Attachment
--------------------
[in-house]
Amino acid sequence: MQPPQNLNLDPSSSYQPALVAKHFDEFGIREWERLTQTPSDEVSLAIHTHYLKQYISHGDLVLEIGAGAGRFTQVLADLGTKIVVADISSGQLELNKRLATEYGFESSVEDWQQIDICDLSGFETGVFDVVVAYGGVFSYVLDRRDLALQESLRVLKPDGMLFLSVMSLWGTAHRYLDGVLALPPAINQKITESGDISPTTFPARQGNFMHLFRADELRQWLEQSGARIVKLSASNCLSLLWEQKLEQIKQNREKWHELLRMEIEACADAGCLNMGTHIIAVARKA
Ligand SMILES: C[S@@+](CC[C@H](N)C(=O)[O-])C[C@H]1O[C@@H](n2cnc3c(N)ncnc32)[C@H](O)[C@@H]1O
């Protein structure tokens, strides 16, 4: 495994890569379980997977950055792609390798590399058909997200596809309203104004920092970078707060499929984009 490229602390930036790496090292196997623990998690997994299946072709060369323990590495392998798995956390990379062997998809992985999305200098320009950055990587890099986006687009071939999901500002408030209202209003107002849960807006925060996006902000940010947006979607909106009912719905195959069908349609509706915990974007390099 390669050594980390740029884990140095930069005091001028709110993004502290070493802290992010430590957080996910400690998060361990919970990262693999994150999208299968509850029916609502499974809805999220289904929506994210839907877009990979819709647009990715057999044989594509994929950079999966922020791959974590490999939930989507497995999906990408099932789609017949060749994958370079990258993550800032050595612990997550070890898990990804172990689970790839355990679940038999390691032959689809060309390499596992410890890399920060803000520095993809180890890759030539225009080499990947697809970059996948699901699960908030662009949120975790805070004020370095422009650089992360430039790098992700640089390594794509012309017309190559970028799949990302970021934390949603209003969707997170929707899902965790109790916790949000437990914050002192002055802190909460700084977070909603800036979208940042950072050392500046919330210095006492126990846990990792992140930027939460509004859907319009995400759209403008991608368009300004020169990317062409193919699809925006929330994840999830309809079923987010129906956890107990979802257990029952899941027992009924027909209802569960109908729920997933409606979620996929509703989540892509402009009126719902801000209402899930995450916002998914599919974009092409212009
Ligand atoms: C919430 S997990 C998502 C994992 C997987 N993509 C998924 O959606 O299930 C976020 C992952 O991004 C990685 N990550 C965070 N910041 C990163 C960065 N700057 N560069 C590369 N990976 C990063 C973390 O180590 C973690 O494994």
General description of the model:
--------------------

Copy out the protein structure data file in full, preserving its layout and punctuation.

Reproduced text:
[in-house]
Amino acid sequence: MQPPQNLNLDPSSSYQPALVAKHFDEFGIREWERLTQTPSDEVSLAIHTHYLKQYISHGDLVLEIGAGAGRFTQVLADLGTKIVVADISSGQLELNKRLATEYGFESSVEDWQQIDICDLSGFETGVFDVVVAYGGVFSYVLDRRDLALQESLRVLKPDGMLFLSVMSLWGTAHRYLDGVLALPPAINQKITESGDISPTTFPARQGNFMHLFRADELRQWLEQSGARIVKLSASNCLSLLWEQKLEQIKQNREKWHELLRMEIEACADAGCLNMGTHIIAVARKA
Ligand SMILES: C[S@@+](CC[C@H](N)C(=O)[O-])C[C@H]1O[C@@H](n2cnc3c(N)ncnc32)[C@H](O)[C@@H]1O
């Protein structure tokens, strides 16, 4: 495994890569379980997977950055792609390798590399058909997200596809309203104004920092970078707060499929984009 490229602390930036790496090292196997623990998690997994299946072709060369323990590495392998798995956390990379062997998809992985999305200098320009950055990587890099986006687009071939999901500002408030209202209003107002849960807006925060996006902000940010947006979607909106009912719905195959069908349609509706915990974007390099 390669050594980390740029884990140095930069005091001028709110993004502290070493802290992010430590957080996910400690998060361990919970990262693999994150999208299968509850029916609502499974809805999220289904929506994210839907877009990979819709647009990715057999044989594509994929950079999966922020791959974590490999939930989507497995999906990408099932789609017949060749994958370079990258993550800032050595612990997550070890898990990804172990689970790839355990679940038999390691032959689809060309390499596992410890890399920060803000520095993809180890890759030539225009080499990947697809970059996948699901699960908030662009949120975790805070004020370095422009650089992360430039790098992700640089390594794509012309017309190559970028799949990302970021934390949603209003969707997170929707899902965790109790916790949000437990914050002192002055802190909460700084977070909603800036979208940042950072050392500046919330210095006492126990846990990792992140930027939460509004859907319009995400759209403008991608368009300004020169990317062409193919699809925006929330994840999830309809079923987010129906956890107990979802257990029952899941027992009924027909209802569960109908729920997933409606979620996929509703989540892509402009009126719902801000209402899930995450916002998914599919974009092409212009
Ligand atoms: C919430 S997990 C998502 C994992 C997987 N993509 C998924 O959606 O299930 C976020 C992952 O991004 C990685 N990550 C965070 N910041 C990163 C960065 N700057 N560069 C590369 N990976 C990063 C973390 O180590 C973690 O494994």
General description of the model: